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We Have No Word for Sex

Book Review

copyright © 1997 by Bert H. Hoff

Malidoma and Sobonfu Somé, We Have No Word for Sex: An Indigenous View of Intimacy. (Pacific Grove, CA: Oral Tradition Archives, 1994)(audio tape) Click here to order direct from MenWeb.

From the Oral Traditions catalog:

In this live presentation, Malidoma Somé and his wife Sobonfu take us into the Dagara village and give us their tribal view of intimacy, relatioinships and marriage. For a subject as overworked as sex, here are some fascinating and important lessons from the heart that are as fresh and relevant as they are ancient.

2 tapes, 120 minutes, $17.95

Hear a MP3 excerpt

Click here
to order.

Malidoma Somé,
Book cover
The Healing Wisdom of Africa
Finding Life Purpose Through Nature Ritual and Community

book cover
Of Water and the Spirit

   Audio Cassette

Sobonfu Somé,
The Spirit of Intimacy: Ancient Teachings in the Ways of Relationships

Last week, one of our poets announced in the Seattle M.E.N. Poetry Circle, "You have got to read this book!" He was referring to Malidoma Somé’s Of Water and the Spirit (reviewed earlier by Shepherd Bliss in our magazine, revised and reprinted in Yoga Journal.) Malidoma, as many of our readers know, means in the Dagara tribal language, "be friendly to strangers/enemies." Sobonfu means "keeper of the rituals." You also need to know that their village was in Upper Volta (as their tribal land was split by arbitrary colonial boundaries into Upper Volta, Ghana and the Ivory Coast in West Africa) until the national leaders shed the colonial mantle in the 70s and called it Burkina Faso, "Land of the Proud Ancestors."

So what happens when the person whose mission from birth is to "be friendly to enemies" marries the "keeper of the rituals"? That is the topic of this tape. Malidoma came to the West and earned two PhDs, although he feels his most powerful learning was in the initiation rite he describes in his book. Meanwhile, just after Sobonfu completed her initiation as "keeper of the ritual" she was called into the circle of tribal Elders and told she should marry this man who had gone to the West. Her parents could not help her, so after three months she went and sat on her grandmother’s grave. The voice told her, "do it!" So she was married. In the Dagara tradition, Malidoma didn’t need to be there. (His protestations, "I would have liked to be there" gives rise to delightful banter on the tape.) A year later, Malidoma returns to the village and meets his wife. His perspective: "You have to start at the bottom of the hill. If you start at the top, all you can do is circle around the top, or go downhill."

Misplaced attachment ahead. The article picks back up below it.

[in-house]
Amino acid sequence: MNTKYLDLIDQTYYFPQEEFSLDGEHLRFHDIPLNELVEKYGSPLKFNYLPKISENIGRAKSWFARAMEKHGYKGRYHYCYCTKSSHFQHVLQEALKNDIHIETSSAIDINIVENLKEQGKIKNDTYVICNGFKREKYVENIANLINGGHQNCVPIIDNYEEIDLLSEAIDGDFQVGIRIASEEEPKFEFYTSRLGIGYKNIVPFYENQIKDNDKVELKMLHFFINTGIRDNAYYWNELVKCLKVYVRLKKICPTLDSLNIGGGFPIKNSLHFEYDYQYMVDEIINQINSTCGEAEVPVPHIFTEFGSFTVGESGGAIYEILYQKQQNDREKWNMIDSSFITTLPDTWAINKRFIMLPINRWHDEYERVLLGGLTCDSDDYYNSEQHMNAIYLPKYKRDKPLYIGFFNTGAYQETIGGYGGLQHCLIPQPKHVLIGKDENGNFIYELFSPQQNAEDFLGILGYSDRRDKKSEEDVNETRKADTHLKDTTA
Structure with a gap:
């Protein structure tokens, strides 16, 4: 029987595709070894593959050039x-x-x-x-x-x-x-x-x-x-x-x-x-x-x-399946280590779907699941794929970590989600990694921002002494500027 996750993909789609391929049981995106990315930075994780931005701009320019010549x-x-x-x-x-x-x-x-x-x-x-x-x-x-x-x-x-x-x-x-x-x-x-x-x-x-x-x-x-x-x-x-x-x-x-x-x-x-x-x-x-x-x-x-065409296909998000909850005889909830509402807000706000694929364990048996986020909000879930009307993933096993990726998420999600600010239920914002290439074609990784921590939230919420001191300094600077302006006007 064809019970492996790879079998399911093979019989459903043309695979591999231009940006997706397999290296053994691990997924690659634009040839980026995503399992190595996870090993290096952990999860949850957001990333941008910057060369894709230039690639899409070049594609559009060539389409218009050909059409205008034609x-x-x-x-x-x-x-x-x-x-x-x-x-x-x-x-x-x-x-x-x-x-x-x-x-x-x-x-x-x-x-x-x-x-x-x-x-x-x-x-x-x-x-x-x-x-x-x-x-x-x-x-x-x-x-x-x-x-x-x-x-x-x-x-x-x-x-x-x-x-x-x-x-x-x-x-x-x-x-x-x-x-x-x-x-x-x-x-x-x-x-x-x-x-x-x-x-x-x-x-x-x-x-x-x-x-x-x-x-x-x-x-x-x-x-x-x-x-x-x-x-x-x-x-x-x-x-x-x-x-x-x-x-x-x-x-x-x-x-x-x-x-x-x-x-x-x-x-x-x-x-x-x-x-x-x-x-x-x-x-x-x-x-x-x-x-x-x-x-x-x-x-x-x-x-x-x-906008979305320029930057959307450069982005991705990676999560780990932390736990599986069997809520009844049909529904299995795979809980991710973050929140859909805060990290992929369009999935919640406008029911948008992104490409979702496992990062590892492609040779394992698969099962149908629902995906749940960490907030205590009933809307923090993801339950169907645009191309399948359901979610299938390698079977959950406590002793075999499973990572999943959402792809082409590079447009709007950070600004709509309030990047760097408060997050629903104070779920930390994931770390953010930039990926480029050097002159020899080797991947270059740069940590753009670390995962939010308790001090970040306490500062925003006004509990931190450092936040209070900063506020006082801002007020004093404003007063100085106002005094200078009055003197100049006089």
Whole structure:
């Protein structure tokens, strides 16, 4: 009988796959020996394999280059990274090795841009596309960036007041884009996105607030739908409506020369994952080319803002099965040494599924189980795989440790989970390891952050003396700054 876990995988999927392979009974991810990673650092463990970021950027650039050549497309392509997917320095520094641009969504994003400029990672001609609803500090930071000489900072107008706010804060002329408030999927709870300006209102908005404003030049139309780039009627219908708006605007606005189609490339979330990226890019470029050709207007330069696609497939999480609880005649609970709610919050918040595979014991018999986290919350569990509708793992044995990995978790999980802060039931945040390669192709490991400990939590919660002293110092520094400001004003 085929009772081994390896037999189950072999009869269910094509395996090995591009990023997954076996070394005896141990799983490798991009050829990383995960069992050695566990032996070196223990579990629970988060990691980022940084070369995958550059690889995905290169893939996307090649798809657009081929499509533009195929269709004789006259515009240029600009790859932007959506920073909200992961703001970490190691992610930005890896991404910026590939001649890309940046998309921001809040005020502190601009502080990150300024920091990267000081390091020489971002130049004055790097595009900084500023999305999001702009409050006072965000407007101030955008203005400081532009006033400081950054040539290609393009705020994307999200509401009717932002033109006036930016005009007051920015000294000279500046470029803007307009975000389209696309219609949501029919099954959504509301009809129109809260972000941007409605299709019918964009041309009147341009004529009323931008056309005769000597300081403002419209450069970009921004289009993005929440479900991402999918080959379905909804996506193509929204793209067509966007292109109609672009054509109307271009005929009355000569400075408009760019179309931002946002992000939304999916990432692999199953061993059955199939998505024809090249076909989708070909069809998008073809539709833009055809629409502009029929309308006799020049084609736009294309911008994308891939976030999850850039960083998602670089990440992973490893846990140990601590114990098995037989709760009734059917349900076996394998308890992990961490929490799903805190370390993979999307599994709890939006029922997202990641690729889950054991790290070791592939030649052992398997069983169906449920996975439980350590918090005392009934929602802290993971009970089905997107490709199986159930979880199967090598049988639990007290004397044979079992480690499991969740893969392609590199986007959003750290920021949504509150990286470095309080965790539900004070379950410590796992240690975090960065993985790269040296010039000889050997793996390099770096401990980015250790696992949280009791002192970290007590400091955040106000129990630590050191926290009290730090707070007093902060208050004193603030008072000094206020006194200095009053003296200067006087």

Sobonfu’s gift to the relationship, as they met as husband and wife and total strangers, was to know how to create a sacred space and build an intimate relationship in that space. When she said, "We need to know how to empower each other" the audience broke out in spontaneous applause. She knew how to spread the ashes in a sacred circle, and bring the calabash of water into the circle. With that invocation, something inside automatically unlocks. "It’s like we’ve known each other forever," Malidoma states. Learning and wisdom expand. There’s no "spread the ashes quickly, hurry up with the gourd of water, you’re beautiful and the hormones are running." Instead, there is a postponement of pleasure and a total evaporation of the "I" into the collective space. A tie into the intimate relationship between the tribe and its ancestors, and between you and the tribal community. Being caught up in the beauty and the hormonal drive, the tribal youngsters are taught, is like eating poisonous ice cream. The first few licks taste great, then you’re dead.

This is just from the first side of the first tape. The tape continues with further insights. Intimacy is not something to share in public. You need to recognize you don’t know what you’re doing, and move into a private ritual space, where spirit can enter and guide you. Men who are seduced by Western culture, travel to a distant city to work, have an affair, and return to their village, then pollute their spouse. Someone is dead within 72 hours, even though he thought his city affair was so distant that nobody would know. The tape presents a unique, thought-provoking and inspiring world-view. Not in some New Age mumbo- jumbo, but at a practical, down-to-earth conversational style, as if you were swapping views of your neighborhood school as you were sitting around your living room. But what they’re saying is so rich and profound you’ll be thinking about it long after you finished listening to the tape. This is a tape you’ll come back to, share with friends, and listen to again and again.

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